What I have learned, with about 10 years perspective, is that people are people. They want to be treated kindly, they want to be noticed. And for the most part, once you break that barrier of introduction you realize you have much more in common than you thought. So often the people that seemed like they had it all together, were those who needed a friend or kindness the most.

If I could go back (not that I would necessarily want to) to high school, I would want to let go of that fear and take advantage of every opportunity to meet a new person or befriend a classmate. If I could go back to college, I would hope to do the same thing. Perhaps in this next season of life, I will be even more compelled to set fear and insecurity aside, and to meet people where they are at.


What did I have to lose? What do I have to lose today?

So 25 year old Amber.

Be brave. Be bold. Live life and love people to the full.


Professor Grandpa Smith

I remember my first memory of Smith.

It was the first week of Greek. I felt like I was drowning in a sea of sounds and symbols that I couldn’t articulate or interpret. Conveniently poised in the middle of the room, in the middle of a row, in the middle of friends, I observed the older gentlemen and I tried, I tried, to learn.

But I was distracted. Well, more accurately I suppose that I was disconnected. I hadn’t yet caught on to the alphabet, and Smith was moving at what seemed to be the speed of light. And there were stories, and tangents. He must have been making a joke or two as well because he would snicker to himself, but I’m not sure we knew enough yet to join in honestly. At some point he made a comment about women that I, in my unknowingness of who I was dealing with, misinterpreted and immediately jumped to the incorrect conclusion that my new professor had a bias against women. Being one of 3 females in the class, I set out to prove him wrong.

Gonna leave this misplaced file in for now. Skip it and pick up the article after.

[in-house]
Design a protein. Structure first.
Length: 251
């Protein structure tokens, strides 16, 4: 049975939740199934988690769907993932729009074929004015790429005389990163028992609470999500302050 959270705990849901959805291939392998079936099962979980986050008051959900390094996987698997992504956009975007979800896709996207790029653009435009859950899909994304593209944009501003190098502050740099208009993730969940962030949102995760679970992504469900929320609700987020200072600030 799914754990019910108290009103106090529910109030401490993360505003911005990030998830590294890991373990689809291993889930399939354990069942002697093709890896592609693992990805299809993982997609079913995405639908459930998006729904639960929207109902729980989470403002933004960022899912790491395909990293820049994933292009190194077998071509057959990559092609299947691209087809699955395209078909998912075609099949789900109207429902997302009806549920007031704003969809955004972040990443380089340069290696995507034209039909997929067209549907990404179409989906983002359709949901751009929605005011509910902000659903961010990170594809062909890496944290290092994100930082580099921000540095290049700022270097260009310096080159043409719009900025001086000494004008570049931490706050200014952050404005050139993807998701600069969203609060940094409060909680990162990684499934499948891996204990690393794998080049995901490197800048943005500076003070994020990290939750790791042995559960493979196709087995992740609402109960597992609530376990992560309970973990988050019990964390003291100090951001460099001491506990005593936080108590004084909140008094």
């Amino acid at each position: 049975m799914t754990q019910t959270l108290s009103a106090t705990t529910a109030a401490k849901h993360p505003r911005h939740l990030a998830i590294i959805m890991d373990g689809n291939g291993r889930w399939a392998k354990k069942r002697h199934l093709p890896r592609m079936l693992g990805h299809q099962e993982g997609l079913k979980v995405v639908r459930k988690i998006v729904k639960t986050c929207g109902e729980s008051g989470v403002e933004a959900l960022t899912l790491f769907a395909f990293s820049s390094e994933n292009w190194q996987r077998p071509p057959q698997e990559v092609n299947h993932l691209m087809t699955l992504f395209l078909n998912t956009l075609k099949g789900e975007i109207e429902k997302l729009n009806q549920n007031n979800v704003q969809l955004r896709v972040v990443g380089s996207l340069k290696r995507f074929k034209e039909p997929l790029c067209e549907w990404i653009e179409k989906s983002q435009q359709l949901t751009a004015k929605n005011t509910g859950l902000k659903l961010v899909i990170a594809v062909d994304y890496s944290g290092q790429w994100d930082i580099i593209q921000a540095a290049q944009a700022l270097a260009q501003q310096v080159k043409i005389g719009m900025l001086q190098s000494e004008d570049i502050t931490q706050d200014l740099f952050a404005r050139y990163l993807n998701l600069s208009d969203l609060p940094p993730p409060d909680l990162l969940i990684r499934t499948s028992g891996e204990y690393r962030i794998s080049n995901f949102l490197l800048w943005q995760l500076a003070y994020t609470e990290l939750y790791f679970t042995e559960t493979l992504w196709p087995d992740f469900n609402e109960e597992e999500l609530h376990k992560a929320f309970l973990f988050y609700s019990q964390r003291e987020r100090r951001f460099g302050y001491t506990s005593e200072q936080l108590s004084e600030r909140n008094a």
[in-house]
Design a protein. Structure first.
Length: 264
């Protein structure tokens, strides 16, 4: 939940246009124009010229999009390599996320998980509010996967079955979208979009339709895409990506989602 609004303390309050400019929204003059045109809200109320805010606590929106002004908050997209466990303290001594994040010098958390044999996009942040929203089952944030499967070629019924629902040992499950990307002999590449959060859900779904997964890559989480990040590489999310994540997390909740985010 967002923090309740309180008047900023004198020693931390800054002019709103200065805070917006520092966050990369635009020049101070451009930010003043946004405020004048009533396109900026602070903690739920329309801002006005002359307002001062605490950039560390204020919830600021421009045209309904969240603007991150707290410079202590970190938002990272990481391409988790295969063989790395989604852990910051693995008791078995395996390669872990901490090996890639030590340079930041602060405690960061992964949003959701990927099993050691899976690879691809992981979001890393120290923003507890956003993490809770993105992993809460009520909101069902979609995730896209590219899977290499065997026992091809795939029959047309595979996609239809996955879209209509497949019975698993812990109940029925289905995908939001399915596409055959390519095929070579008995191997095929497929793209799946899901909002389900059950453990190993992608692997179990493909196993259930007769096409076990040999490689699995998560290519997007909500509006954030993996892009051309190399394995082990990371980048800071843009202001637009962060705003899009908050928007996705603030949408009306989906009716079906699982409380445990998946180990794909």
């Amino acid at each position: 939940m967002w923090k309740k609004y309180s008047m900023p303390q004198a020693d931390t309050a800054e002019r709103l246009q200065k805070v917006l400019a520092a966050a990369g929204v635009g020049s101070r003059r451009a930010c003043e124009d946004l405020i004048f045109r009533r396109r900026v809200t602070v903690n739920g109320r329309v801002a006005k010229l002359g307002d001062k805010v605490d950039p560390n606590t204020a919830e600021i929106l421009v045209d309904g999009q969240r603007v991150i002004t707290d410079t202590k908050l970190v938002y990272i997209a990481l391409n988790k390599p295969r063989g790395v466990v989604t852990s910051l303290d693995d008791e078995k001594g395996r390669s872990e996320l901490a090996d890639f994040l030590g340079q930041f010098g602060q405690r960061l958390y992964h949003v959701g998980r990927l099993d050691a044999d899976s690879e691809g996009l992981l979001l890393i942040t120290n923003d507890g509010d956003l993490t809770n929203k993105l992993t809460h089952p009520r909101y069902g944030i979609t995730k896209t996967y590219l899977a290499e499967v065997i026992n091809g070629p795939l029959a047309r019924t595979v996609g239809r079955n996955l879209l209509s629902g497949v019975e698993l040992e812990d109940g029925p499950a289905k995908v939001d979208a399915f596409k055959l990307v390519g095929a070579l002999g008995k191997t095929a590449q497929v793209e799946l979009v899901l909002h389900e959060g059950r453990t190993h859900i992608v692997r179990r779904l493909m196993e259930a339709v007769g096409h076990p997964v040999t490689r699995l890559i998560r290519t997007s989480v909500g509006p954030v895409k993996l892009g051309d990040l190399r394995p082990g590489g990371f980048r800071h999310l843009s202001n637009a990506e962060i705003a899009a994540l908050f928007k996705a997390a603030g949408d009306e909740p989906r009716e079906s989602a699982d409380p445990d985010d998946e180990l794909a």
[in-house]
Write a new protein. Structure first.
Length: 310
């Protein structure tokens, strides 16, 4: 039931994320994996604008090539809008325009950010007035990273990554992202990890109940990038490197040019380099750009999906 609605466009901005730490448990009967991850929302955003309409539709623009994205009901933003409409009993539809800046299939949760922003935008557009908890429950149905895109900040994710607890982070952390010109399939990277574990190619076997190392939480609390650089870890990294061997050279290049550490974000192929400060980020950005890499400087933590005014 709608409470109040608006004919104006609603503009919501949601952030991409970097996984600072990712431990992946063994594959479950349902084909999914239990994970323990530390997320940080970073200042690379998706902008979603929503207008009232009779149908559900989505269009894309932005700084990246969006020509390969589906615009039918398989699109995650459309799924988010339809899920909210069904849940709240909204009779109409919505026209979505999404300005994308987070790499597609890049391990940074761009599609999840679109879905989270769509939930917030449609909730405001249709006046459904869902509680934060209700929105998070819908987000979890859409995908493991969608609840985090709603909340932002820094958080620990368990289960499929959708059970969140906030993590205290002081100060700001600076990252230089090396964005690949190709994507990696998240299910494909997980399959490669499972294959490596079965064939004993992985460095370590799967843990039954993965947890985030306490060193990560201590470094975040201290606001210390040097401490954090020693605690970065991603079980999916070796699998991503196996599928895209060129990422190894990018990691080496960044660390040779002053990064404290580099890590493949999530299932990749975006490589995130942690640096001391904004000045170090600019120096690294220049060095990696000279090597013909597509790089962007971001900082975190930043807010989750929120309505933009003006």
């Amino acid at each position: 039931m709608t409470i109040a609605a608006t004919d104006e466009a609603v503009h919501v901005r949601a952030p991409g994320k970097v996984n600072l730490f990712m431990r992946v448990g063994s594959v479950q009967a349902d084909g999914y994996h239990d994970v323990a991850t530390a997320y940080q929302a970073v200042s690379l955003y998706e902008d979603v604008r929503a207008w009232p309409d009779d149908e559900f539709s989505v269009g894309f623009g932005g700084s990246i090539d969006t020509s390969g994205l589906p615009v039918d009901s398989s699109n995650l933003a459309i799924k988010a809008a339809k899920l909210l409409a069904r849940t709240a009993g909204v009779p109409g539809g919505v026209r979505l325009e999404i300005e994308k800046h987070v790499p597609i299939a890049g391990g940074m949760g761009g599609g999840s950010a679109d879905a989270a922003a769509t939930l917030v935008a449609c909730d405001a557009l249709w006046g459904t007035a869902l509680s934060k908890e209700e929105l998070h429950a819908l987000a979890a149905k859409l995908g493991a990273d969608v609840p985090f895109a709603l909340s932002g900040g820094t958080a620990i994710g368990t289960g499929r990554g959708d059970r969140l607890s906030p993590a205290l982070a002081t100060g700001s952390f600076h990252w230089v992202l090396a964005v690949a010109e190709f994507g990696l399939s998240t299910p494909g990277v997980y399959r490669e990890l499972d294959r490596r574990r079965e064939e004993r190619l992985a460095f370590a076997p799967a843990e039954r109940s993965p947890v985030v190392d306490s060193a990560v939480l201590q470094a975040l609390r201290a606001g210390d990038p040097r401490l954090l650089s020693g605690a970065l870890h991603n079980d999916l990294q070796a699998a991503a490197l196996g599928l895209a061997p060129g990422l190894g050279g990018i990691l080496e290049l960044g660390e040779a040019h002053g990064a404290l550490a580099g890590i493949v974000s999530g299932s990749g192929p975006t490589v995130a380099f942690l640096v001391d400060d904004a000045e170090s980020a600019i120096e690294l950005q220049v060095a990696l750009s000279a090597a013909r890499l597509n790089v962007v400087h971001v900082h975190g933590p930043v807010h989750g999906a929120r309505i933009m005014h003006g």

Soon, I would realize how foolish my assumption had been. It’s comical now, because of how he became one of my greatest encouragers.


Quickly, Professor Smith transitioned to Grandpa Smith in my heart. He was a home away from home. A sense of family, guidance, wisdom, and stability. He teased me when I needed teasing, praised me when I needed uplifting, and reminded me to become the person God had designed for me to be. He celebrated my accomplishments. And by celebrate, I mean we went out to ridiculously fancy dinners where I wasn’t even allowed to look at the price, but was instructed to order every single thing my heart desired.

I think he was easier on me than the boys (by boys, I mean those left in Greek II & Greek III), not in grading but in communication. I could get away with saying anything, unscathed. He would chuckle, like he was trying to fight it, and shake his head telling me I needed to “be good!”

He was always telling me to be good. After I graduated from Valley Forge, I was adrift in more than one way. He would always end our conversations, whether in person or on the phone with, “be good Amber.” I would say the same to him, and he would laugh like the idea was slightly ridiculous and then remind me to call if anything monumental changed in my life. And then nothing monumental would happen so he’d call me anyway.